Ennis house still from Frank Lloyd Wright AB s9 1920 1080

Chicano Batman: Not Another Band from East L.A.

Chicano Batman is the sound of local Latino music in the 21st century. In 1993, when Los Lobos released the now classic "Just Another Band from East L.A.," the band was paying homage to -- and locating themselves within -- the legacy of Chicano and Mexican music coming from "East Los" going all the way back to icons like Lalo Guerro and legions of other more anonymous working musicians. Twenty years, later East L.A. is still an important hub of Chicano/Latino culture in Los Angeles but the cultural map of music making has also significantly shifted. Suburban sprawl, real estate prices and the changing nature of the Latino community have all contributed to a re-mapping of Latino L.A. Today, that map would have to include the San Fernando Valley, east through the San Gabriel Valley to the Inland Empire, the south harbor communities west through South L.A. and spilling over into North Orange County. Add to this the growing diversity of the Latino community as Central Americans, new generations of Mexicans and other Latin Americans have immigrated to the greater Los Angeles area. Plus, identity politics are also in flux as national identities meet ethnic constructs such as Chicanismo and Latinidad.

Chicano Batman -- comprised of Bardo Martínez (vocals/keyboard/guitar), Eduardo Arenas (bass), Gabriel Villa (percussion) and Carlos Arévalo (guitar), exemplifies this new geographic and cultural reality. Only one member, Eduardo Arenas, grew up in East L.A. The band, the brain child of lead singer Bardo Martínez began to form at a fundraiser for KPFK's Soul Rebel Radio where he met Arenas and bonded with him over a similar interest in the music of Caetano Veloso and the tropicalia movement. Drummer Gabriel Villa who emigrated from Colombia to the U.S. at the age of eighteen met Bardo at a show for cumbia group Very Be Careful. Guitarist Carlos Arévalo met Martínez through mutual friends in local music scenes and eventually joined the band in 2010.They were brought together by music not geography.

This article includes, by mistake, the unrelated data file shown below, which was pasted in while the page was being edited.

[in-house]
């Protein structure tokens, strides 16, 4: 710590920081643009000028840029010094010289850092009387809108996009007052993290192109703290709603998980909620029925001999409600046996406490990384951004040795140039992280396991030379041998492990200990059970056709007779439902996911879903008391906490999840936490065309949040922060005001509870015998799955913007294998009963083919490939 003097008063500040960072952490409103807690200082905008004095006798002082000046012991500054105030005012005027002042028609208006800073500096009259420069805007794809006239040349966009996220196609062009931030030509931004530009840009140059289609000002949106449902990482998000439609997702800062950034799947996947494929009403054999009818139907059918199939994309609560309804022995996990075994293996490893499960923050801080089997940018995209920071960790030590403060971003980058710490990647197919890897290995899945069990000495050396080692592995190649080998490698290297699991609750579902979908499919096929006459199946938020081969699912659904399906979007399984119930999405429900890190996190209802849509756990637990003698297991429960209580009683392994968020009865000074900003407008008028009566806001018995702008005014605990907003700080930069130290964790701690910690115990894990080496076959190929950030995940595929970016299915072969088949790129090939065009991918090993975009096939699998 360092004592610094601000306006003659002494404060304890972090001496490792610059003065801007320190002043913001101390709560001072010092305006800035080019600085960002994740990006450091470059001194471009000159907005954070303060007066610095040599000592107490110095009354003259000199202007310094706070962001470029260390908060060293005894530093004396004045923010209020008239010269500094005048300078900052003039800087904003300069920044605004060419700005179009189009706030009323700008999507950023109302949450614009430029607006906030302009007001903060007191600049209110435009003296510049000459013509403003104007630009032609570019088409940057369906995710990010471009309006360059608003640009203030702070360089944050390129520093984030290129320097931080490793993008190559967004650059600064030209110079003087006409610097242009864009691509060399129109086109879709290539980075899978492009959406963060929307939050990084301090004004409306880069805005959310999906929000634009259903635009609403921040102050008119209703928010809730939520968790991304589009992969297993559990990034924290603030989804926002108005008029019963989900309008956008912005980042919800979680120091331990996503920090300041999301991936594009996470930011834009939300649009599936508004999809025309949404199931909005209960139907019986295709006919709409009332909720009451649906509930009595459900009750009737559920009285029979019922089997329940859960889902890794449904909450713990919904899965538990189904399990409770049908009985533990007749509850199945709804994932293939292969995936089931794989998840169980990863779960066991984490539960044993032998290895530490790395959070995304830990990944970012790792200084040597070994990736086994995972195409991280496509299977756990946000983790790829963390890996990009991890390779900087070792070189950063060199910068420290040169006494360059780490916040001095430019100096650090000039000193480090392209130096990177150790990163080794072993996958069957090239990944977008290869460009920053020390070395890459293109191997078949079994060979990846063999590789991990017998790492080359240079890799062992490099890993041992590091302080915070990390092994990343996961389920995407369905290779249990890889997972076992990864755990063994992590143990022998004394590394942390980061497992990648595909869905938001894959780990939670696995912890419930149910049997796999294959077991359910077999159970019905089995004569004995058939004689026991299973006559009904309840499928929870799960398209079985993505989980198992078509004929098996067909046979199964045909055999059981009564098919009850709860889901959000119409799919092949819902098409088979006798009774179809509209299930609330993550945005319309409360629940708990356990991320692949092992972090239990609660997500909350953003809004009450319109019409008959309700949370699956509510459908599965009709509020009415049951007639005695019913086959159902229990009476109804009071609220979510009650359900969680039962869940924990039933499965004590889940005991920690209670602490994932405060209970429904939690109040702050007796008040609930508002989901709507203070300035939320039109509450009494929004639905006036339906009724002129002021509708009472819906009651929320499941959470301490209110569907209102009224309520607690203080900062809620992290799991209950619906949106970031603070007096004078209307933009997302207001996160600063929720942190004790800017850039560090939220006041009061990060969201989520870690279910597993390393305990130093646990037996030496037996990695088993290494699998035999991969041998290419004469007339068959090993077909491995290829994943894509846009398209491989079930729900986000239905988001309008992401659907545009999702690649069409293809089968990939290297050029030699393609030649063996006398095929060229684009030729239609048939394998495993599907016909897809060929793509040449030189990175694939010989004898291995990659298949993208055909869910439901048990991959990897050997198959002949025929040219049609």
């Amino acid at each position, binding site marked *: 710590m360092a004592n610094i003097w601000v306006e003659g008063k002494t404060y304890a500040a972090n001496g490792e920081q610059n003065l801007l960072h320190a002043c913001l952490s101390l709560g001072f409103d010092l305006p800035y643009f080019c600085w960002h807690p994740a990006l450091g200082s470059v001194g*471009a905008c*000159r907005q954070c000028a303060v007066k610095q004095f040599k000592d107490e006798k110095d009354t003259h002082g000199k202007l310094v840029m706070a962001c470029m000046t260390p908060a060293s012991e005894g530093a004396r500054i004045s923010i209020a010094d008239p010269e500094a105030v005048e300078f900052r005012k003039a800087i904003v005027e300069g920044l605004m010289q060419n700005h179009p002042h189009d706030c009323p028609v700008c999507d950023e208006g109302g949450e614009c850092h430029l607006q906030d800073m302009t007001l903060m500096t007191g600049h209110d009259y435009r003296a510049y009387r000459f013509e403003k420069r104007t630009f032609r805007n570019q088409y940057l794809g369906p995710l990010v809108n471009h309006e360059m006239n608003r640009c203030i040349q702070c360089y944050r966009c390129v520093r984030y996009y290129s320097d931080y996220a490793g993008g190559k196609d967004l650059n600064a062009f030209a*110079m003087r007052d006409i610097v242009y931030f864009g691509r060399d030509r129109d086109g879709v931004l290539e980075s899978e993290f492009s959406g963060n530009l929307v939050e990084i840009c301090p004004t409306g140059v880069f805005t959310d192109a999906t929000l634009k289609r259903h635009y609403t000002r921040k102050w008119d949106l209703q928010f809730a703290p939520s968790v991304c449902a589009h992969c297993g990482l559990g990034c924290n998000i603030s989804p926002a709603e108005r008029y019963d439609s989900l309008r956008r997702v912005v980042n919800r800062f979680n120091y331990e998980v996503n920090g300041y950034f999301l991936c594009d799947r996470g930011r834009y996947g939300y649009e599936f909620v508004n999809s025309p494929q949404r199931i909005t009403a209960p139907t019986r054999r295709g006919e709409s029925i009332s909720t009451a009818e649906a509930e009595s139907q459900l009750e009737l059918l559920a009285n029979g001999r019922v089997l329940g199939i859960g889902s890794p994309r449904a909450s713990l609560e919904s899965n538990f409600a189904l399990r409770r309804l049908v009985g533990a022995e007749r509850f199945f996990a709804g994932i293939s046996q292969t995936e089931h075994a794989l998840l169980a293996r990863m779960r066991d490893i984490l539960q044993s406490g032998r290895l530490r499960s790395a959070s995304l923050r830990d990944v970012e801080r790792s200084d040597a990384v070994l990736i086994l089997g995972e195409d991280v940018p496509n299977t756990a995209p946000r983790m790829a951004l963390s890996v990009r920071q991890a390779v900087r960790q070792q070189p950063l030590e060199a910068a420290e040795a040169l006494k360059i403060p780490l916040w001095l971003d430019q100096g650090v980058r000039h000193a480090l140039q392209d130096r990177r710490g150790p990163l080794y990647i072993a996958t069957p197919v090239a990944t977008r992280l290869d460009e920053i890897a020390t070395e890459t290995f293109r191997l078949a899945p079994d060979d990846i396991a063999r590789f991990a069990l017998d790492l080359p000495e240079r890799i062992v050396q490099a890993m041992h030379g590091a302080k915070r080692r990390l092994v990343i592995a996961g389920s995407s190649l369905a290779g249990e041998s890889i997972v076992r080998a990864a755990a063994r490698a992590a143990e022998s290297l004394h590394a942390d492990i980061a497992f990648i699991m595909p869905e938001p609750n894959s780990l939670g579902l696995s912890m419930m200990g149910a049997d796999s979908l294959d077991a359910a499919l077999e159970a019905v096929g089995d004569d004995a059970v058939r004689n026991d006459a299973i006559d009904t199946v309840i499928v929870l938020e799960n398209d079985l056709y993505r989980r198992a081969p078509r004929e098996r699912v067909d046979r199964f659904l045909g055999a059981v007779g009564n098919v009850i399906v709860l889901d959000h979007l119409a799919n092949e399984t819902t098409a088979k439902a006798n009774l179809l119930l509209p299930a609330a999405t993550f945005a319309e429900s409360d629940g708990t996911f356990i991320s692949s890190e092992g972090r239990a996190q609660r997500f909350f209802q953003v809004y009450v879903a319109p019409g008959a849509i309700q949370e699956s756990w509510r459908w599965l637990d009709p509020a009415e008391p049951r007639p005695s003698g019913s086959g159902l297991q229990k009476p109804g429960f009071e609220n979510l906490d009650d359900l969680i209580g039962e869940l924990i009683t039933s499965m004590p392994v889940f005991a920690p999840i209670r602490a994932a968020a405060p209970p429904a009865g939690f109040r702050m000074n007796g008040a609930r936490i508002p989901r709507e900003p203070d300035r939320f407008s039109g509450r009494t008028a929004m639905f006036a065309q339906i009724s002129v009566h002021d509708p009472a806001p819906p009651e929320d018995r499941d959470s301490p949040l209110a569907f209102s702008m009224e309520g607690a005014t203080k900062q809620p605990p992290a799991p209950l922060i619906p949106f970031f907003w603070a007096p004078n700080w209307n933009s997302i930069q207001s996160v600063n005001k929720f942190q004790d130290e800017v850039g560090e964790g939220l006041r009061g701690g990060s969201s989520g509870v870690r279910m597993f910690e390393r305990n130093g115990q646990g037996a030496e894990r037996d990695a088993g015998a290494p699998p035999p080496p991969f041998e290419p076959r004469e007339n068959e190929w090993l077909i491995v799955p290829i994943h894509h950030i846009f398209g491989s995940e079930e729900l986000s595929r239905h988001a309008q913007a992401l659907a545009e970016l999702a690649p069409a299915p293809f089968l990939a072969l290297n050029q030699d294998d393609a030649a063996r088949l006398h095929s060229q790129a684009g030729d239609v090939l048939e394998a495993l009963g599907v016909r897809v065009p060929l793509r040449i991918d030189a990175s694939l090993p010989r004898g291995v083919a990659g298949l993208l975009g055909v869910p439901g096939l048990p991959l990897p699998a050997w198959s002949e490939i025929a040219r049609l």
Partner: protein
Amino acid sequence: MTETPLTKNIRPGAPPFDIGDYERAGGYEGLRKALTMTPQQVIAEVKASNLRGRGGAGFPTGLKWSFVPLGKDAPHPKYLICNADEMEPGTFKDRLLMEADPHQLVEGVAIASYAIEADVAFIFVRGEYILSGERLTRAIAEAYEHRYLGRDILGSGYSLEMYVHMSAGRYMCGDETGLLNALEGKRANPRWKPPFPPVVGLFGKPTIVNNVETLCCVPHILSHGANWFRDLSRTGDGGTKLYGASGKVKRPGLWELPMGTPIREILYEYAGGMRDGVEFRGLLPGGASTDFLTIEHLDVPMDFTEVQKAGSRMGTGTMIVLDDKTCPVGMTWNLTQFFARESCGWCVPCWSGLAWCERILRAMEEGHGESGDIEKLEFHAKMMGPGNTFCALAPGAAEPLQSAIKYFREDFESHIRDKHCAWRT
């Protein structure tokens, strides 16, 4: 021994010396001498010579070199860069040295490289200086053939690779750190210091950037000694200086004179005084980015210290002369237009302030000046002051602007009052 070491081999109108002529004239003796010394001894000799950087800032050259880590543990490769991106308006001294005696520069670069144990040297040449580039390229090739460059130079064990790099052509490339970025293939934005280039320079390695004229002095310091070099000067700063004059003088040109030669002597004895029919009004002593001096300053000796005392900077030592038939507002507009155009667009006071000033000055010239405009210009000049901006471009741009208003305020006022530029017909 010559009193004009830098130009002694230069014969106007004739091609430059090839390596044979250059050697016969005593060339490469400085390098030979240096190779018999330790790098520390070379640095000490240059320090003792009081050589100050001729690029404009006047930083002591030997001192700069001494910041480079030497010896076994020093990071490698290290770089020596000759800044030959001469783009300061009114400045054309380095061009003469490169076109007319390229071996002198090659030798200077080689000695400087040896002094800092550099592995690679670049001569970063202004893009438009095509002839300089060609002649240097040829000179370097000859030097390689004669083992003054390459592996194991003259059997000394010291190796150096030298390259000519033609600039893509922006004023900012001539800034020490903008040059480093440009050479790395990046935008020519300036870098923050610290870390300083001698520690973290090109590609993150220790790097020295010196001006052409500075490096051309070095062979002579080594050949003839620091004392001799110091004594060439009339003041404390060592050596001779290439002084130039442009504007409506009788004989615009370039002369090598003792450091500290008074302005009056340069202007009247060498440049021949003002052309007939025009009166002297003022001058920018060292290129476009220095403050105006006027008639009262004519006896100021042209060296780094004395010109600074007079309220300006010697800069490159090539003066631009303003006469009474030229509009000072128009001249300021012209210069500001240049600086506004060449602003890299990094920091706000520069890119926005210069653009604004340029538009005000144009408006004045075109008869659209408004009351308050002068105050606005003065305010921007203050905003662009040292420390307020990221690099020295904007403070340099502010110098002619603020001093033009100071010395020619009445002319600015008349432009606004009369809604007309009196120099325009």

The band simultaneously exists in the local and transnational spaces of Latino music, a sonic space of past, present and future Latina/o sounds reaching for something new. The band is in tune to local eastside musical histories dominated by Chicano bands but also in tune with Latin American and South American sounds that echo the band mates' diverse interests and personal histories. Bardo is half Columbian, half Mexican, Eduardo is Mexican-American, Gabriel is Columbian and Carlos is of Salvadoran and Mexican descent. More importantly, the band claims, is their shared musical eclecticism that is heard in the bands mix of funk, R&B, Latin soul, bossa nova, psychedelia and pop.

Full Episodes

Upcoming Airdates

Variedades: Olvera Street

This look at Los Angeles’ Olvera Street is part-history lesson and part-immersion in stereotype of the birthplace of Los Angeles. Emmy® award-winning journalist, author and musician Rubén Martínez, explores the sometimes-violent, 200-year struggle for the political and symbolic control of the city as told in “Variedades” — an interdisciplinary performance series that brings together music, spoken word, theater, comedy and the visual arts, loosely based on the Mexican vaudeville shows of early-20th century Los Angeles.

  • 2019-04-21T20:00:00-07:00
    KCETLINK
  • 2019-04-24T20:00:00-07:00
    KCETLINK
  • 2019-05-02T06:00:00-07:00
    KCET-HD
  • 2019-05-04T15:00:00-07:00
    KCET-HD

Electric Earth: The Art of Doug Aitken